City celebrates 50 years of senior programming, honors pioneer Dorothy Large

Mayor Jim Gray joined former and current City employees today at historic Bell House to celebrate 50 years of programs for Lexington senior adults.

Gray also honored Dorothy Large, longtime senior adult programs director, with a proclamation acknowledging her decades of service, and dedication to the city and its seniors.

“She was a pioneer,” Gray said. “In 1967, when she started at Bell House, Lexington was the only city in the state offering senior programs.”

On June 1, 1967, Bell House first opened its doors to senior adult programs thanks to a federal grant through the Older Americans Act. Until that time, senior programs were generally only offered through churches. The city’s senior programs were managed by Parks & Recreation and the Department of Social Services until earlier this year, when all programs were transferred to Aging and Disability Services.

One of the first and most popular senior programs was the Monday Club – a group that still meets at Bell House, once a week. Another popular program initially offered was the Kitchen Band – band members, under Large’s direction, played washboards kazoos, spoons, water basins and more.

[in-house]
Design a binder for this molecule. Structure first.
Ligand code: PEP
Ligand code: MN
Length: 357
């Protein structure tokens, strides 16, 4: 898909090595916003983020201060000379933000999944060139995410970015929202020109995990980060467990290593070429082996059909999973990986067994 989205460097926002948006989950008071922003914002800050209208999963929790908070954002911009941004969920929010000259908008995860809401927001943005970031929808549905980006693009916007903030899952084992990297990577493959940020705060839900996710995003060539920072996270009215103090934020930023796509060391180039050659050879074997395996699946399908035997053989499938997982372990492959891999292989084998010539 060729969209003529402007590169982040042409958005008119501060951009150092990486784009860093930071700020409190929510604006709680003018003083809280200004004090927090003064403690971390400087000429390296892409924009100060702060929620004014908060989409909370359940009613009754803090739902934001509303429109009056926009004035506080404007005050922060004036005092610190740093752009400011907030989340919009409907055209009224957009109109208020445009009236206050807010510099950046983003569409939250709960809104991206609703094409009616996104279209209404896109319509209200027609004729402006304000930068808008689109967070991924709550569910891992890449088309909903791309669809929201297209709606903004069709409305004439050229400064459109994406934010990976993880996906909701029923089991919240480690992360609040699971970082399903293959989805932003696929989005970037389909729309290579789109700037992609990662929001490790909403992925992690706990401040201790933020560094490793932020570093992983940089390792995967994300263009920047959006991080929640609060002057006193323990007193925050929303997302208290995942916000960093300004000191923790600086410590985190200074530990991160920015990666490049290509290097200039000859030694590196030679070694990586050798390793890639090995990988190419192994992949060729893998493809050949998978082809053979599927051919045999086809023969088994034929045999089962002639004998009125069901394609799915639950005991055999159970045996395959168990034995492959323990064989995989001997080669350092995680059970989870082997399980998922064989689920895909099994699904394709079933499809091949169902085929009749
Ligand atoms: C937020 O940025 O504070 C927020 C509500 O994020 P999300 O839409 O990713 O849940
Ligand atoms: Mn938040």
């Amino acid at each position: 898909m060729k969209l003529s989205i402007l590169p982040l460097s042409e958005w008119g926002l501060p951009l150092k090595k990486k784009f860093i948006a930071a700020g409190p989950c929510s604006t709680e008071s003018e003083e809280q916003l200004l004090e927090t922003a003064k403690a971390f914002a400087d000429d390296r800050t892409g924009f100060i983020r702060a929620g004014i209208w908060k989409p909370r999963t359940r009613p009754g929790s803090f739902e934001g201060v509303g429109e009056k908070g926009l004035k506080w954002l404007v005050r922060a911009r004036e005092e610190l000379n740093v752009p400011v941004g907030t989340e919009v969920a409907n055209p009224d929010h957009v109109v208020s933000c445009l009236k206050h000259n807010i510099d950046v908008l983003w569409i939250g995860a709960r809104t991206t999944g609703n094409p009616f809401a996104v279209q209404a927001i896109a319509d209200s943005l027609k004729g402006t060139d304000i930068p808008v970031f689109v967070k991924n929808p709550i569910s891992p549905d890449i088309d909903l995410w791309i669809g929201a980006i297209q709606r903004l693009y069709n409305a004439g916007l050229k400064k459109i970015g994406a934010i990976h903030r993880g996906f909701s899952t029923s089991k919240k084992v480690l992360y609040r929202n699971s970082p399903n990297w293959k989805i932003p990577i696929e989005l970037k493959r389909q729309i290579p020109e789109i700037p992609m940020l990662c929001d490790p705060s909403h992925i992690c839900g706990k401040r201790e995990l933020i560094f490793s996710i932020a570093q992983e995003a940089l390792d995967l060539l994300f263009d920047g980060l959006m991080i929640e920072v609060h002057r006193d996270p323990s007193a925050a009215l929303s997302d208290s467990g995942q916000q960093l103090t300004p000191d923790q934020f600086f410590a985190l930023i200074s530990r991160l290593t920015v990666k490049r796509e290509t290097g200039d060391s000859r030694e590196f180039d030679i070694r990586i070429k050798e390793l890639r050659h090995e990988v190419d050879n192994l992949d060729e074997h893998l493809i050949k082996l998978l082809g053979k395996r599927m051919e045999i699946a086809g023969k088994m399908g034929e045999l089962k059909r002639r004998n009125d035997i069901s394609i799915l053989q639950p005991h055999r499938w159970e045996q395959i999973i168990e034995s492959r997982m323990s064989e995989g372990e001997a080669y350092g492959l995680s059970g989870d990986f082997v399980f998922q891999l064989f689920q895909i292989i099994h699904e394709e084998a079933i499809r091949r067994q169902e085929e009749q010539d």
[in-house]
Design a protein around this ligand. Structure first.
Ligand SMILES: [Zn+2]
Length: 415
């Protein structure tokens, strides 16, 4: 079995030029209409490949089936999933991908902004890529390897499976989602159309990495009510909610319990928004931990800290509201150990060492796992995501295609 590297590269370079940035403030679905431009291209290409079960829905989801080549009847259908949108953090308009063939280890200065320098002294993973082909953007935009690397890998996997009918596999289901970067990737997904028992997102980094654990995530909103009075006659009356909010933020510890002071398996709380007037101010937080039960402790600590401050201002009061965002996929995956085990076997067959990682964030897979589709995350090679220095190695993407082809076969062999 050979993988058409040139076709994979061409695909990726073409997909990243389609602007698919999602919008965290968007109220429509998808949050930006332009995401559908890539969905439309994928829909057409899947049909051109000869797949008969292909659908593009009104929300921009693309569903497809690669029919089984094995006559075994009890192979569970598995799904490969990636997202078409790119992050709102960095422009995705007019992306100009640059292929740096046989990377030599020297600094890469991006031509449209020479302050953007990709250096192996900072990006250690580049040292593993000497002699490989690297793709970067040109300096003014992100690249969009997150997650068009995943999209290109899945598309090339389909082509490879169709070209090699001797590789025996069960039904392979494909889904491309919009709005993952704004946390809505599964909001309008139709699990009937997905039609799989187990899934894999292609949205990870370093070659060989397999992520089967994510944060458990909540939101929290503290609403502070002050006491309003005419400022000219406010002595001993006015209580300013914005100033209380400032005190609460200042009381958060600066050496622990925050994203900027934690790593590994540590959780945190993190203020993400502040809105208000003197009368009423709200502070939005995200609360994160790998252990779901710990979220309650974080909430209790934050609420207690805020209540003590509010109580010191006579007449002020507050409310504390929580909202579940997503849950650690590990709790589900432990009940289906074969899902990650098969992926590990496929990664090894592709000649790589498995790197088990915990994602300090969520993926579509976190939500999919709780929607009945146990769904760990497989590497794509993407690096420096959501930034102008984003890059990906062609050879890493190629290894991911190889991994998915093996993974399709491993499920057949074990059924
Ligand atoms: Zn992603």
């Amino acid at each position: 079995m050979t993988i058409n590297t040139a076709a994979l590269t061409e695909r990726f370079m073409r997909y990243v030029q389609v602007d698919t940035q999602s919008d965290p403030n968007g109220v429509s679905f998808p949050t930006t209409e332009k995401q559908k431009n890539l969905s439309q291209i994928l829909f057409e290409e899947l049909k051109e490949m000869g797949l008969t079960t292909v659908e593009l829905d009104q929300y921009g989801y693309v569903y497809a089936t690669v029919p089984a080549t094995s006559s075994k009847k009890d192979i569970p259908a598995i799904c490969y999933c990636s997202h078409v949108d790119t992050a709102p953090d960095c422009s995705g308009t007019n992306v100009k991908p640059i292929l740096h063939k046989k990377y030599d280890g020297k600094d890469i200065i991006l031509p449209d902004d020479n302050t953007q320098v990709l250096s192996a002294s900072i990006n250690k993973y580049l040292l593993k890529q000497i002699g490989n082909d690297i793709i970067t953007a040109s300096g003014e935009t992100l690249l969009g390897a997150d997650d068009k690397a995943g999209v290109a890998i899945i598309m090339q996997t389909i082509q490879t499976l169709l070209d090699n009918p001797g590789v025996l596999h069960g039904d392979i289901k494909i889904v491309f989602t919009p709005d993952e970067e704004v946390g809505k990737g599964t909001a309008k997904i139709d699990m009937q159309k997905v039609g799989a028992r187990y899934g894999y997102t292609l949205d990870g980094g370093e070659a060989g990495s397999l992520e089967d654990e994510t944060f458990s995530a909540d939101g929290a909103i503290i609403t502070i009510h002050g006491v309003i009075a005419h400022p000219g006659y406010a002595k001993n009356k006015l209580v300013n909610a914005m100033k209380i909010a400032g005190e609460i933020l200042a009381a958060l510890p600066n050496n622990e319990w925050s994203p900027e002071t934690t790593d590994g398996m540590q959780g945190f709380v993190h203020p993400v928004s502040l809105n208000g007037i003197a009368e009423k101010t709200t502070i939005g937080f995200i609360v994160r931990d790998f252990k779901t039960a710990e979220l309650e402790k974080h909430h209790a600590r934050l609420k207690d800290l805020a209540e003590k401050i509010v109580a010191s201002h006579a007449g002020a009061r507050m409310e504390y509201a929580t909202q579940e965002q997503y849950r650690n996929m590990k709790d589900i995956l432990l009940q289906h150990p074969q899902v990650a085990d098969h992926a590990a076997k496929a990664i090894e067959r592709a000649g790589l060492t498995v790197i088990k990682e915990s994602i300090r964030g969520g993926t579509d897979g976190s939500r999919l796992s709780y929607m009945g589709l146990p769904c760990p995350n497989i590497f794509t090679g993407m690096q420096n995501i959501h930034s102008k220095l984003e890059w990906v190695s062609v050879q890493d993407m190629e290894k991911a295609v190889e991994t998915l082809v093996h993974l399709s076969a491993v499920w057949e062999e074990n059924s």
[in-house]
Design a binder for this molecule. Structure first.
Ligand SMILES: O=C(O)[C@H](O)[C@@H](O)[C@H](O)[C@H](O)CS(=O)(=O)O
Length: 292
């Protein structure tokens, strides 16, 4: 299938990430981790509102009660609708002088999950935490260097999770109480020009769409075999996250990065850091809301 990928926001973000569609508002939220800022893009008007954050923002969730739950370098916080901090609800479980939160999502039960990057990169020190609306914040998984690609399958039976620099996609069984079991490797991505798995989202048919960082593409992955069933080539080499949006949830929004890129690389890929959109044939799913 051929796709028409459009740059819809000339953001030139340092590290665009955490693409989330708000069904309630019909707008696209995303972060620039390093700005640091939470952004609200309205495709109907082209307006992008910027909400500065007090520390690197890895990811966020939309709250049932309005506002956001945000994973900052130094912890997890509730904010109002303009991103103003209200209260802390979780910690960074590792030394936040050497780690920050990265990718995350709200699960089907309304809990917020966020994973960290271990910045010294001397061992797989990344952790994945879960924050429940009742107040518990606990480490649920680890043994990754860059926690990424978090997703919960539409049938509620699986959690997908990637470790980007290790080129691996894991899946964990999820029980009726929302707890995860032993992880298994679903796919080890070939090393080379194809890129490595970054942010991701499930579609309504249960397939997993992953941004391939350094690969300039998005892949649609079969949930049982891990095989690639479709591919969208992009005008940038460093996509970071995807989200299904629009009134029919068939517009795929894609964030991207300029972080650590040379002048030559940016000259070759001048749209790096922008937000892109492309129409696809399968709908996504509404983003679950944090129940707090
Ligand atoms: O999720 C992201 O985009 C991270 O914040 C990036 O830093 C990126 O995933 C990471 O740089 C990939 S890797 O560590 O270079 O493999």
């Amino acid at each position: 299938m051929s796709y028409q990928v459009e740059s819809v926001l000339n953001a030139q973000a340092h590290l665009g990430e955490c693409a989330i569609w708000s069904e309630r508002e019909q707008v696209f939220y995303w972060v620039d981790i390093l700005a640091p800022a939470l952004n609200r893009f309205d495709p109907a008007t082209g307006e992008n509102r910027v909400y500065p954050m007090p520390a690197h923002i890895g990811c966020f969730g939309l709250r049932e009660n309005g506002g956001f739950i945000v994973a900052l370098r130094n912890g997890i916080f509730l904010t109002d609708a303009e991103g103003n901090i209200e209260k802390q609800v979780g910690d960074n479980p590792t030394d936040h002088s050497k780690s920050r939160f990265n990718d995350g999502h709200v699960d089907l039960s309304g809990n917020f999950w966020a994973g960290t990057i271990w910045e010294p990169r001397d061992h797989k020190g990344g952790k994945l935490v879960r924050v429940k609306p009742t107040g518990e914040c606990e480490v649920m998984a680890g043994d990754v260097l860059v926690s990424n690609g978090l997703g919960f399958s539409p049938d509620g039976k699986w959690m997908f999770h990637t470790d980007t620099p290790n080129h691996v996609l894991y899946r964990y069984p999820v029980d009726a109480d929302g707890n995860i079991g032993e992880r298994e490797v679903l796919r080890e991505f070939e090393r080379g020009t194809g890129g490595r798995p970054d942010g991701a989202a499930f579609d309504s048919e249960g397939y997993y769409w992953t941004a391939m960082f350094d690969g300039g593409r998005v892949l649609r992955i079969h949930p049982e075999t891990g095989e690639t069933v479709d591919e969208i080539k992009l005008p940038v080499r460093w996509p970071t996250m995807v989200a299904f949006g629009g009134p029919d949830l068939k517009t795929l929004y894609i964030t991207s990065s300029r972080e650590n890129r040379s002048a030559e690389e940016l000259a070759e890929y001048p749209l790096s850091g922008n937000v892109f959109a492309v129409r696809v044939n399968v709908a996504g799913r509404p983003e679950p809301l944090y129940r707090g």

Large was Lexington’s first director of senior adult programs. For 40 years she helped create, provide and manage programming for seniors that included classes in writing, music, theater, fitness, wellness and more.

“Without her leadership and dedication, the city’s senior services programs would not be as strong and popular as they are today,” said Kristy Stambaugh, Lexington’s Director of Aging and Disability Services who now welcomes an average of 320 seniors a day to the city’s new state-of-the-art Senior Center, which opened in 2016.

The new center has room for more programs and seniors than ever before in order to support the growing senior population. Bell House also continues to offer a range of programs and activities for seniors.

For more information on current programming, visit the Lexington Aging Services website.

 

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Image of Nell Duvall and Dorothy Large